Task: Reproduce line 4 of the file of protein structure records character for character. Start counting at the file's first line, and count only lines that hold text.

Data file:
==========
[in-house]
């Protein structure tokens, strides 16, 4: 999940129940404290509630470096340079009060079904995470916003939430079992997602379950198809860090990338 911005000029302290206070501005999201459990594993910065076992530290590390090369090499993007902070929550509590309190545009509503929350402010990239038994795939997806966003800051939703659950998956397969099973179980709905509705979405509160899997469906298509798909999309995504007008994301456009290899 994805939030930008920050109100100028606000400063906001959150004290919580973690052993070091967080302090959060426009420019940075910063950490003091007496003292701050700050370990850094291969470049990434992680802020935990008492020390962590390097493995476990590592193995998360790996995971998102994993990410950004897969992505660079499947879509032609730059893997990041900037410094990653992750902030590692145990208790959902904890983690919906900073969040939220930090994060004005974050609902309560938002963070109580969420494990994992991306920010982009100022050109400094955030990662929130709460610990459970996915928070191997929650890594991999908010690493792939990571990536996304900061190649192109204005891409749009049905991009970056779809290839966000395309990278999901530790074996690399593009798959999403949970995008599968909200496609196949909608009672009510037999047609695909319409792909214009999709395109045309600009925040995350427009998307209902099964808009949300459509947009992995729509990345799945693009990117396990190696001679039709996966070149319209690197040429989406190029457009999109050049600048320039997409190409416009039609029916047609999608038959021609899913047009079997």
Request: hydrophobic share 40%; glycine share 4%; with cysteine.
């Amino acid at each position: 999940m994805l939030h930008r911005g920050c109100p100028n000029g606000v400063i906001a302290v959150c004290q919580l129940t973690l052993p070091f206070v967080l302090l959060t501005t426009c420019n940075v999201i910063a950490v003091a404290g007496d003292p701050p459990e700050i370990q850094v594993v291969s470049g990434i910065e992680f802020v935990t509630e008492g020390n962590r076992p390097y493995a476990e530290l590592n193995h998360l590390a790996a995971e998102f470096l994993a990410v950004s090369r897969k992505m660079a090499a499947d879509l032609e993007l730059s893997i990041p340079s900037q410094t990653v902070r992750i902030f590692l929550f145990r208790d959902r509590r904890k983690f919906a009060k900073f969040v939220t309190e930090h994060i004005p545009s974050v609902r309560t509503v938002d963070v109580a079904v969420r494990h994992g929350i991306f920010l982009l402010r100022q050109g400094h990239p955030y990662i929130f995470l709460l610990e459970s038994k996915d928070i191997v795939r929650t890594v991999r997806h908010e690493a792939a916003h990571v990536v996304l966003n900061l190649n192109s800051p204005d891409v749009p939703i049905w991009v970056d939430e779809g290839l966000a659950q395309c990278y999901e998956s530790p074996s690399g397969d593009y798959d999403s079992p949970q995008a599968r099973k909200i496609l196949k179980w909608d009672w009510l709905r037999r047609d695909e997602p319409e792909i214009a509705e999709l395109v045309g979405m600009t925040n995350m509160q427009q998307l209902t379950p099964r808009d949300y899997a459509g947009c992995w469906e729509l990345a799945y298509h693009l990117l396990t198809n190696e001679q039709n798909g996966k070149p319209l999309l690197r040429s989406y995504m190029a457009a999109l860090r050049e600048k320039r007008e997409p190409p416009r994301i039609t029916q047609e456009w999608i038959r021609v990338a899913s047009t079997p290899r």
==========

């Amino acid at each position: 999940m994805l939030h930008r911005g920050c109100p100028n000029g606000v400063i906001a302290v959150c004290q919580l129940t973690l052993p070091f206070v967080l302090l959060t501005t426009c420019n940075v999201i910063a950490v003091a404290g007496d003292p701050p459990e700050i370990q850094v594993v291969s470049g990434i910065e992680f802020v935990t509630e008492g020390n962590r076992p390097y493995a476990e530290l590592n193995h998360l590390a790996a995971e998102f470096l994993a990410v950004s090369r897969k992505m660079a090499a499947d879509l032609e993007l730059s893997i990041p340079s900037q410094t990653v902070r992750i902030f590692l929550f145990r208790d959902r509590r904890k983690f919906a009060k900073f969040v939220t309190e930090h994060i004005p545009s974050v609902r309560t509503v938002d963070v109580a079904v969420r494990h994992g929350i991306f920010l982009l402010r100022q050109g400094h990239p955030y990662i929130f995470l709460l610990e459970s038994k996915d928070i191997v795939r929650t890594v991999r997806h908010e690493a792939a916003h990571v990536v996304l966003n900061l190649n192109s800051p204005d891409v749009p939703i049905w991009v970056d939430e779809g290839l966000a659950q395309c990278y999901e998956s530790p074996s690399g397969d593009y798959d999403s079992p949970q995008a599968r099973k909200i496609l196949k179980w909608d009672w009510l709905r037999r047609d695909e997602p319409e792909i214009a509705e999709l395109v045309g979405m600009t925040n995350m509160q427009q998307l209902t379950p099964r808009d949300y899997a459509g947009c992995w469906e729509l990345a799945y298509h693009l990117l396990t198809n190696e001679q039709n798909g996966k070149p319209l999309l690197r040429s989406y995504m190029a457009a999109l860090r050049e600048k320039r007008e997409p190409p416009r994301i039609t029916q047609e456009w999608i038959r021609v990338a899913s047009t079997p290899r």